I am going to have a rant about titles.* I’m in the middle of essay writing. Contrary to popular belief, I actually find essay writing quite difficult. But that’s because I try to turn essay writing into Creative Writing. I try to find hooks and quirks and quotes to make what is essentially a deeply boring argument into something palatable and well, if not interesting at least bloody well written. That takes a lot of work. And it all starts with the title. The essay I am working on at the moment is entitled:
How can we explain the limited success of struggles to fight ‘corruption’ and promote ‘good governance’ and ‘the rule of law’ in transitioning South East Asian democracies?
An Indonesian case study.
Not in a million years am I going to manage to make this essay interesting.** I’ve tried framing it as a ‘War of the Worlds’ type epic battle between law and corruption. (But that carries with it the implied presumption that the two are polar opposites. As the case of Indonesia explains, that is not at all the..uh..case.) Instead I have resorted to systematically banging my head against a wall. This is working out really well for me.
Anyway, just as a good pub is not to be underestimated, (yes, that’s a hyperlink, go read it), a good title is worth its weight in gold. Good titles on albums, books, songs and artworks add undeniable interest (and value). (Notice how I really REALLY like parentheses? And ALL CAPS? The marks of a struggling writer…sigh…***)
So here are my picks for Greatest Titles I Have Ever Seen and Wish I Had Come Up With: (Ah yes, a list. The next sign of a struggling writer. It’s when we can’t even be bothered to put our opinions into paragraphs – no, we just distill everything into lists instead. I need a drink…)
15. The Hollow Chocolate Bunnies of the Apocalypse
I have not read this book, but COME ON! BRILLIANT TITLE! (See! There it is again! ALL CAPS! Someone shoot me.)
14. The Curious Incident of the Dog in the Night-Time
Spectacular book. Read it. NOW. Or go watch the movie.
13. The Perks of Being a Wallflower
12. “Champagne Supernova” – Oasis
Seven-minute anthem closing track on the record-breaking album (What’s The Story) Morning Glory. [I don’t just like it because it has brackets in the title, I swear]. I singularly credit this song, alongside The Verve’s Bittersweet Symphony for getting me from age 14 to 15.
11. Men Are From Mars, Women Are From Venus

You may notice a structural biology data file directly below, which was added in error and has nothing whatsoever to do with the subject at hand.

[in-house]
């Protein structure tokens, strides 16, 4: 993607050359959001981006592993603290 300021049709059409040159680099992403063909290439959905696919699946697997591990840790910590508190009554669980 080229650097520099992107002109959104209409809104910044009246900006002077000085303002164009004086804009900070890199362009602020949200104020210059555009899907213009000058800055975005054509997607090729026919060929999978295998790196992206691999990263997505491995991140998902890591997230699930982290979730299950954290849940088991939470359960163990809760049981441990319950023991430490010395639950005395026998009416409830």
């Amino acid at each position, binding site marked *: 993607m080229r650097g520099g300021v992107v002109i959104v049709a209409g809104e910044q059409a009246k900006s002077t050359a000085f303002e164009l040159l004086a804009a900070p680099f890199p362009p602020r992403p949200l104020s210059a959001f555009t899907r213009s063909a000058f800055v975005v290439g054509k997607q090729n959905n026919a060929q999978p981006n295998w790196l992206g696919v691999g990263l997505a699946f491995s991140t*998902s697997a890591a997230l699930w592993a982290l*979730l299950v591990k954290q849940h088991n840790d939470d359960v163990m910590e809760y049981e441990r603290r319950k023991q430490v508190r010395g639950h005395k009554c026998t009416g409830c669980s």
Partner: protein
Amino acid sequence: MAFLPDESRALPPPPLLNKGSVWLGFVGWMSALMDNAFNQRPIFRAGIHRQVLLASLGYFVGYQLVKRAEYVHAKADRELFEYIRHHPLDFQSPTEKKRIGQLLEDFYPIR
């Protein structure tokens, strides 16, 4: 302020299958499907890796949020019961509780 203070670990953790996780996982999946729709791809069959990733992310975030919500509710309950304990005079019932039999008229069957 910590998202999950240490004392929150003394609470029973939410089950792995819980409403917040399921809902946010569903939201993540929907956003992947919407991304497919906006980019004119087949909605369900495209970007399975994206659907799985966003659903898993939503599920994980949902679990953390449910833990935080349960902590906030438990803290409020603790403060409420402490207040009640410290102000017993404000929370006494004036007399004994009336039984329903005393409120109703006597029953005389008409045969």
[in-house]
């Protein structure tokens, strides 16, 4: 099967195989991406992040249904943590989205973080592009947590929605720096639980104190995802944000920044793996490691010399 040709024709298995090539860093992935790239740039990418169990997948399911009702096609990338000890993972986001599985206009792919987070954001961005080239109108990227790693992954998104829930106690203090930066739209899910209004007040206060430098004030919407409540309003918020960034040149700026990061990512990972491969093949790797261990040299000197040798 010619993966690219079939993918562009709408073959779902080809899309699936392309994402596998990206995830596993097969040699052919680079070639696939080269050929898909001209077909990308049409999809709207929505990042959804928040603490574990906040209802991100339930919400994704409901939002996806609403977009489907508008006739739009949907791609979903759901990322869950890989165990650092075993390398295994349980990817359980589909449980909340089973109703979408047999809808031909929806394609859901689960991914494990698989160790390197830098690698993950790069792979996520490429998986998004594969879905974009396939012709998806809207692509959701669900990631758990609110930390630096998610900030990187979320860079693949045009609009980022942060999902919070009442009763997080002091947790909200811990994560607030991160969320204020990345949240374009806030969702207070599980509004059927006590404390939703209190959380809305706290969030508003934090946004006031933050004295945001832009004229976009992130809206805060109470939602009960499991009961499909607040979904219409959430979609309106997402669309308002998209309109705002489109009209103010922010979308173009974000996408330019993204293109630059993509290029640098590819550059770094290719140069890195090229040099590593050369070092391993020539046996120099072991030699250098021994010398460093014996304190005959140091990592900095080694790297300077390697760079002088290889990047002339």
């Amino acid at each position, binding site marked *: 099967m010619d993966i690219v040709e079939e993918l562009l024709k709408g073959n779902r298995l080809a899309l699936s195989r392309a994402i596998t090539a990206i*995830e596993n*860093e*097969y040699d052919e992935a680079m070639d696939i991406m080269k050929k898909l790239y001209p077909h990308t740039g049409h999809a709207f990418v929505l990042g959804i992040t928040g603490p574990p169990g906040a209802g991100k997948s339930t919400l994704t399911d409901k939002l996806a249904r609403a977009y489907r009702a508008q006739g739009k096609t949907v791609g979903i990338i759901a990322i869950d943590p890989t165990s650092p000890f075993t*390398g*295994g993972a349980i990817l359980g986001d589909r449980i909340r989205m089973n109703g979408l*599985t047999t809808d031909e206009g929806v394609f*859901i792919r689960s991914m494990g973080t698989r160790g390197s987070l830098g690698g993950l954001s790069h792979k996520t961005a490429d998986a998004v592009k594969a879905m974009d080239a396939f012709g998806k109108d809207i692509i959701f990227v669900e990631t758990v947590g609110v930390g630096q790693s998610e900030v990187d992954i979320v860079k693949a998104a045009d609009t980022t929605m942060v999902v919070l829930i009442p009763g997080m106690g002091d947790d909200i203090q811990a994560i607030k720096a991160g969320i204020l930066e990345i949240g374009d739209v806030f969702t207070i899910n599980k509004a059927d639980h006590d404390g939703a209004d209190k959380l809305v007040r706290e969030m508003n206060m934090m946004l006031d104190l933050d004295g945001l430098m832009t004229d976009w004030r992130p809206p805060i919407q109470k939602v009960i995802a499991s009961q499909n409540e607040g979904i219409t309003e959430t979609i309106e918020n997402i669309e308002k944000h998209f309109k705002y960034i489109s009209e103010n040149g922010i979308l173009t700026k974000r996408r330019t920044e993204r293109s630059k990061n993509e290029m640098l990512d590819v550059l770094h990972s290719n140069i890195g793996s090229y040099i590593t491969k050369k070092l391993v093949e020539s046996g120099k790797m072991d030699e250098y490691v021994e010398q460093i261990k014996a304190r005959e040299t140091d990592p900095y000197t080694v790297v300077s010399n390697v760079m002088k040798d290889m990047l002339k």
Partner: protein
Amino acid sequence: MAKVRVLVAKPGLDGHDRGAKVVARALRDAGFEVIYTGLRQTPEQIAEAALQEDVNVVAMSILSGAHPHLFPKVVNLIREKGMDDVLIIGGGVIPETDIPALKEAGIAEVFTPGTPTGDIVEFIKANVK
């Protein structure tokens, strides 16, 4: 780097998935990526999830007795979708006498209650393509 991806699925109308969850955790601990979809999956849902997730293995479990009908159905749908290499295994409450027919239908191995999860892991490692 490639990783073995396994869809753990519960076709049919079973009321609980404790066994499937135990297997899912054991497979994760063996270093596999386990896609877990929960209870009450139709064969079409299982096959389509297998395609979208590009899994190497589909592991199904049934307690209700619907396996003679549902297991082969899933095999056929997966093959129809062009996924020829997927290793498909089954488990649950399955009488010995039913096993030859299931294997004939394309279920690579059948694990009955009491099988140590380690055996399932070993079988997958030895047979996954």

Or, depending on the mood, Women Are From Venus, Men Are From Hell.
10. Where The Wild Things Are
Stupidly brilliant book by Maurice Sendak for the child in all of us.
9. Fear and Loathing In Las Vegas
For the definitely-not-child-in-us.
8.Fifty Shades of Grey
Oh I KNOW, not very original. (I really need to stop with this brackets thing. I mean, really. Oh LOOK here’s some more ALL CAPS. And another full-stop.).
Look, this is not a comment on the quality of the book’s contents. But the title is marketing genius. The original online fan-fiction was called “Masters of the Universe”. As if you would ever have picked that up to read on the train!
The series has also spawned an unbelievable funny series of knock-offs, jokes, one-liners and pop culture references.
7. An Inconvenient Truth
This 2006 documentary was an environmental game changer. Riveting viewing about Al Gore’s campaign to educate citizens about global warming via a comprehensive slide show that, by his own estimate made in the film, he has given more than a thousand times.
6. Extremely Loud and Incredibly Close
Jonathan Safran Foer – itself a lesson in what to name your children, mummies and daddies.
5. Artwork Titles from Mark Rothko
The abstract painter par excellence’s titles were anything but abstract: White Center (Yellow, Pink and Lavender on Rose) or Orange, Red, Yellow or Untitled #17 are exactly what they promise. Which is not something to be underestimated.
4. The Unbearable Lightness of Being (Milan Kundera, 1984)
A tie with Eternal Sunshine of the Spotless Mind (Michael Gondry, 2004). For me, these titles just have an unassailably beautiful cadence to them.
3. Mad Men – and the name “Don Draper”
Creator Matthew Wiener didn’t come up with the moniker ‘Mad Men’ per se. But there can be no better title than this riff on the show’s location (Madison Ave) and the general mental/emotional state of its characters.
The importance of a good strong name like Don Draper, on the other hand, is best explained by the man himself:
2. Pulp Fiction
This Tarantino classic connects the intersecting storylines of Los Angeles mobsters, fringe players and small-time criminals with a mysterious briefcase. The film’s punchy title refers to the pulp magazines and hardboiled crime novels popular during the mid-20th century. Pulp Fiction is self-referential from its opening moments, beginning with a title card that gives two dictionary definitions of “pulp”.
1. Verteidigung der Missionarsstellung
In English, ‘In Defence of the Missionary Position’. This inventive, funny, touching and insightful rom-com by one of my favourite authors, Wolf Haas, pulls off the Holy Trinity of commercially successful and intellectually stimulating writing: content, cover and cracking title.
Maybe I’ll call him and ask for advice? Or I’ll just resort to peppering you with meaningless diatribes on my lack of creativity instead. If ONLY (that) worked for uni…****
* The title of this post is a riff on another great title, Luigi Pirandello’s play “Six Characters in Search of an Author”.
** Dear John Sidel, if you’re reading this, I do hope you did in fact find the essay interesting. Really, I tried. I tried really hard!
*** Ok maybe not so struggling writer. I just found out LSE named me ‘Blogger of the Month’. Thanks y’all!
**** See what I DID THERE!? (If you didn’t, turn around, do not pass Go and re-read this post from the beginning.)